Is it worth it to get a high quality motherboard. I'm not saying I want a crappy one that will catch on fire. But I just don't know if it's worth it to spend 200 dollars on a motherboard that I will probably only have for 2.5 years knowing that intel switches sockets pretty muc hevery tock generation. I am looking at the asus v pro p8z77. Is there any other boards that are good for less.
I've built quite a few gaming PCs over the years for myself and clients. I have never had any board of good quality manufacture that failed unless it was DOA to start with. The extra expense for a board should be for needed options/extras/features, not just to try to get a "better" board. A DOA board can come from any manufacturer. Unless you need or want the extra features of a more expensive board, the same manufacturer's board with less features will be just as reliable as the more expensive one. Maybe a bit more reliable due to less that can fail.
I agree 100% with Brett928S2's view of Asus. But I disagree with his view of AsRock. They have come a long way since being simply a low end branch of Asus.
You could always go with Gigabyte or MSI. They usually have less features (such as less back panel USB 3.0 ports, less SATA ports, different PCI-e lane configurations, etc etc) but are less expensive. Of course, you could go with a lower end P8Z77 board. They usually just have less features but not lowered reliability.
I currently have an asus board. I like it. But I hate how most asus boards that are 150 or under are thin flimsy and are to short on the right side for any standoffs to mount in. It makes it hard and annoying to work on.
The answer to almost any question is "It depends" - let me elaborate:
If you will be running a decent, middle-of-the-road processor, and if you do not intend to overclock it - then almost any decent, middle-of-the-road board will work.
If your aim is to overclock - then you want a board with a more robust Power-Management scheme that you will only find on the higher-end boards (some of the mid-scale boards will let you achieve "mild" overclocks, but you have to choose carefully.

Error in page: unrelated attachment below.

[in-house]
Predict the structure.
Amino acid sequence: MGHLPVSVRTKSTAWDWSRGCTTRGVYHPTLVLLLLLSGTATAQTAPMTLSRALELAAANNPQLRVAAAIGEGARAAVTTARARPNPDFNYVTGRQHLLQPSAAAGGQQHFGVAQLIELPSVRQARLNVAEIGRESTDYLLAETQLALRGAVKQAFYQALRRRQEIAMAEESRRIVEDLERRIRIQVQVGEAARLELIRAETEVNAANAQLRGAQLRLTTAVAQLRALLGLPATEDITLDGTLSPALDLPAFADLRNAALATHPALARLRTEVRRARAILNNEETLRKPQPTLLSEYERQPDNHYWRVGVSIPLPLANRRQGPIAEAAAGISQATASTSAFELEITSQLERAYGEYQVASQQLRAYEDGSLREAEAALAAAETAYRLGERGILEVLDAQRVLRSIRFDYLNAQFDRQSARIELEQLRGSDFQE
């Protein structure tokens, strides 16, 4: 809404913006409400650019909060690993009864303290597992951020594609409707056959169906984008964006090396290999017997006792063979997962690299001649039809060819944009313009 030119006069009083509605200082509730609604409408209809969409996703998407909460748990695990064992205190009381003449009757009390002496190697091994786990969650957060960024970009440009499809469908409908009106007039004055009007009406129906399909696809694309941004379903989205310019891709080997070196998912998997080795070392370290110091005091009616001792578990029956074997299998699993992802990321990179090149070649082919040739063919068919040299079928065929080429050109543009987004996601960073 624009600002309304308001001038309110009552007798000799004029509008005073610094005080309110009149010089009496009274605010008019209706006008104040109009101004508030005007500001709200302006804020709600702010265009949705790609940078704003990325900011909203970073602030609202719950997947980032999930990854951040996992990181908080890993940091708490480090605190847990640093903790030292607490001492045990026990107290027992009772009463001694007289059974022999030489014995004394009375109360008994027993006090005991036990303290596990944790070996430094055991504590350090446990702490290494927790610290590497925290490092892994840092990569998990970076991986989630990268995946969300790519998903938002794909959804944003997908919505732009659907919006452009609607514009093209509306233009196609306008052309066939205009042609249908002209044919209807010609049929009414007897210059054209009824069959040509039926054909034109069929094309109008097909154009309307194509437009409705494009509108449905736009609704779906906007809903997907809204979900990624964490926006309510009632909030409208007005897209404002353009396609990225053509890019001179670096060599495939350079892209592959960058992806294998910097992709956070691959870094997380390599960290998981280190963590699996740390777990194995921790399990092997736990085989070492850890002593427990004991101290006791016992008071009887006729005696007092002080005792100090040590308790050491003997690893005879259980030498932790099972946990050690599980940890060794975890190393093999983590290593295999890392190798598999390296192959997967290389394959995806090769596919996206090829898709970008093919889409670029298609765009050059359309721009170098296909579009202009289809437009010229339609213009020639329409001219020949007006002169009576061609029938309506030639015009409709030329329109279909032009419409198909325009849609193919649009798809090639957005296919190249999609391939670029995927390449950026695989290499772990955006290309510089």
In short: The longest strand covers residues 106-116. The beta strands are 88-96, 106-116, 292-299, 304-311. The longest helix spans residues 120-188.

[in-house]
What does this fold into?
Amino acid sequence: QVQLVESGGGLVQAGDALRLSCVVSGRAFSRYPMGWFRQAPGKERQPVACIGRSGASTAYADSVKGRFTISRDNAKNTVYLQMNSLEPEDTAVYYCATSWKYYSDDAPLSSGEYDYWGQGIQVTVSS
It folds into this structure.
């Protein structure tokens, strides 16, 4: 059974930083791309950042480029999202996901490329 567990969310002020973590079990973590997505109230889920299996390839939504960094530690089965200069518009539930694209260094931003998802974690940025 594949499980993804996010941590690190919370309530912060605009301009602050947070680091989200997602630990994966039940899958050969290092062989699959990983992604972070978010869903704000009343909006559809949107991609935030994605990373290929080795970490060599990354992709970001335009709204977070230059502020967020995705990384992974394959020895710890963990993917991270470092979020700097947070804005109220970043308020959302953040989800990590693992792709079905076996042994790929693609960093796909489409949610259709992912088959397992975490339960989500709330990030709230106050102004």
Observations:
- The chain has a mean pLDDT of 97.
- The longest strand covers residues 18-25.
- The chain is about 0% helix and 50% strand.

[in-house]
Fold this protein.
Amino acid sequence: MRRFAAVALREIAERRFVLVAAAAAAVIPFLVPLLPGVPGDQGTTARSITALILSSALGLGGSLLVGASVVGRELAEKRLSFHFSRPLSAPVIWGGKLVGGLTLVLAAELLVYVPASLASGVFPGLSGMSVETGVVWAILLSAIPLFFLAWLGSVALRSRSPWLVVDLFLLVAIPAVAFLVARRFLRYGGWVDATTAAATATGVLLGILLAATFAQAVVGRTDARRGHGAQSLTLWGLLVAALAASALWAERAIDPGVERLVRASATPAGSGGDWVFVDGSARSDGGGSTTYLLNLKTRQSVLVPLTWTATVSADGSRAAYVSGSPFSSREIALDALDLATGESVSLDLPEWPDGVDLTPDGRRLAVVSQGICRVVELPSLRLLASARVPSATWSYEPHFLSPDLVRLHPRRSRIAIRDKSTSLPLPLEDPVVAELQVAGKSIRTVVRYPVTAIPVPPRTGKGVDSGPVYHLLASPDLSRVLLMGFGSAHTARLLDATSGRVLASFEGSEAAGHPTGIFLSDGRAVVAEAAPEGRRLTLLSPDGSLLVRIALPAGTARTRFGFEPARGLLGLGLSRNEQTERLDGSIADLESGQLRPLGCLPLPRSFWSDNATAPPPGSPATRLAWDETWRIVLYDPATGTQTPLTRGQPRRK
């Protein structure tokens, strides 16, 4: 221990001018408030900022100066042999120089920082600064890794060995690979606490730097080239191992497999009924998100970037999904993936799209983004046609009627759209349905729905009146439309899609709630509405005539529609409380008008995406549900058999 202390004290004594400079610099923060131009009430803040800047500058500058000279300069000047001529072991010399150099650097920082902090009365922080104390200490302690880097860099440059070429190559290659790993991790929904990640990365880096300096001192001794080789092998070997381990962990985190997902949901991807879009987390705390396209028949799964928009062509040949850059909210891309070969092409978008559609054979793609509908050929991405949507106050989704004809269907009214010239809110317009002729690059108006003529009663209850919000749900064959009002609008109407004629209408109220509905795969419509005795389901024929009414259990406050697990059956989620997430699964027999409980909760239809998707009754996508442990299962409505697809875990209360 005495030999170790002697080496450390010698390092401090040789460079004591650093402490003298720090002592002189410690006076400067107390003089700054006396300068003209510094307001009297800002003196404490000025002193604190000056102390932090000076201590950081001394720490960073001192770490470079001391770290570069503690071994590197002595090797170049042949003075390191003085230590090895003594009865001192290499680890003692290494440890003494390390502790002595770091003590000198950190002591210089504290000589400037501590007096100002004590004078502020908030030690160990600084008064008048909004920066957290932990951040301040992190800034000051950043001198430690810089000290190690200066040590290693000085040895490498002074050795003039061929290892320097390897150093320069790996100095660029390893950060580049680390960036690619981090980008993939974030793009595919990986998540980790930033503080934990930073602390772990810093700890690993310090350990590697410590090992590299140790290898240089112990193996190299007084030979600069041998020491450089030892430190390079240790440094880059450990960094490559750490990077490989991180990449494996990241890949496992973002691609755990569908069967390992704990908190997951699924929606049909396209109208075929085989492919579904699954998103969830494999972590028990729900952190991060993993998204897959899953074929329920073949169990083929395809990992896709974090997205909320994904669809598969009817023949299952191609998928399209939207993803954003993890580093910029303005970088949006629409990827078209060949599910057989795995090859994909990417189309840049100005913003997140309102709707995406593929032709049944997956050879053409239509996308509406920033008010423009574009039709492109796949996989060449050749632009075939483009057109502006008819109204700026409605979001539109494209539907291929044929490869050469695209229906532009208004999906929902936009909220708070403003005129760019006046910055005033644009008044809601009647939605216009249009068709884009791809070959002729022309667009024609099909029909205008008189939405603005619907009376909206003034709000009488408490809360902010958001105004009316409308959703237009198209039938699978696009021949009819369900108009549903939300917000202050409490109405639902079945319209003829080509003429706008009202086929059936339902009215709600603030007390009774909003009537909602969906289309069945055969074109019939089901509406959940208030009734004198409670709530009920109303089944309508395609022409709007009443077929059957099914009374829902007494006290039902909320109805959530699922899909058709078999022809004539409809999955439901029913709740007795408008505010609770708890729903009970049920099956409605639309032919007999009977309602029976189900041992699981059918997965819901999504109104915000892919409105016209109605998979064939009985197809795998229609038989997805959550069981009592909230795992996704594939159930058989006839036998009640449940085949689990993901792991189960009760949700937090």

I DO believe that at least in part, you get what you pay for. The better boards generally utilize higher-quality components that are more likely to last longer.
There are some good "values" (bang-for-the-buck) out there - but finding them requires some research time (read the forums & reviews that are not on a Sales site - but do not treat any single source as "gospell") You don't want to spend money, find that what you spend your hard-earned dough on falls short, and then need to spend more moolah. The way to avoid this is to spend wisely up front.
I would not "cheap-out" too much - remember that what you buy is already obsolete or on the brink of it. Better stuff (but not "bleeding-edge" Status-Priced components) will let you keep it around longer and be a better value in the long run.
I generally recommend going one of two ways:
#1 = Buy decent mid-scale stuff and plan to upgrade every 2 years (a good case and power supply can stay-around MUCH longer).
#2 = Buy near state-of-the-art, and you can probably get 4-5 years out of it before it falls too far short of being able to run the latest software.
if you want a high quality board that is not flimsy and you are looking into overclocking try the asus sabertooth but if you do not want an asus board (i do not know why you would not) try a msi board
Not interested in overclock and aren't the sabertooths like 300 dollars. That is way to much for a motherboard in my opinion. The most I would ever spend is 200. and that is pushing it. I should have mentioned my budget in the question. anyways howdo you cloe a thread? I' done with this one?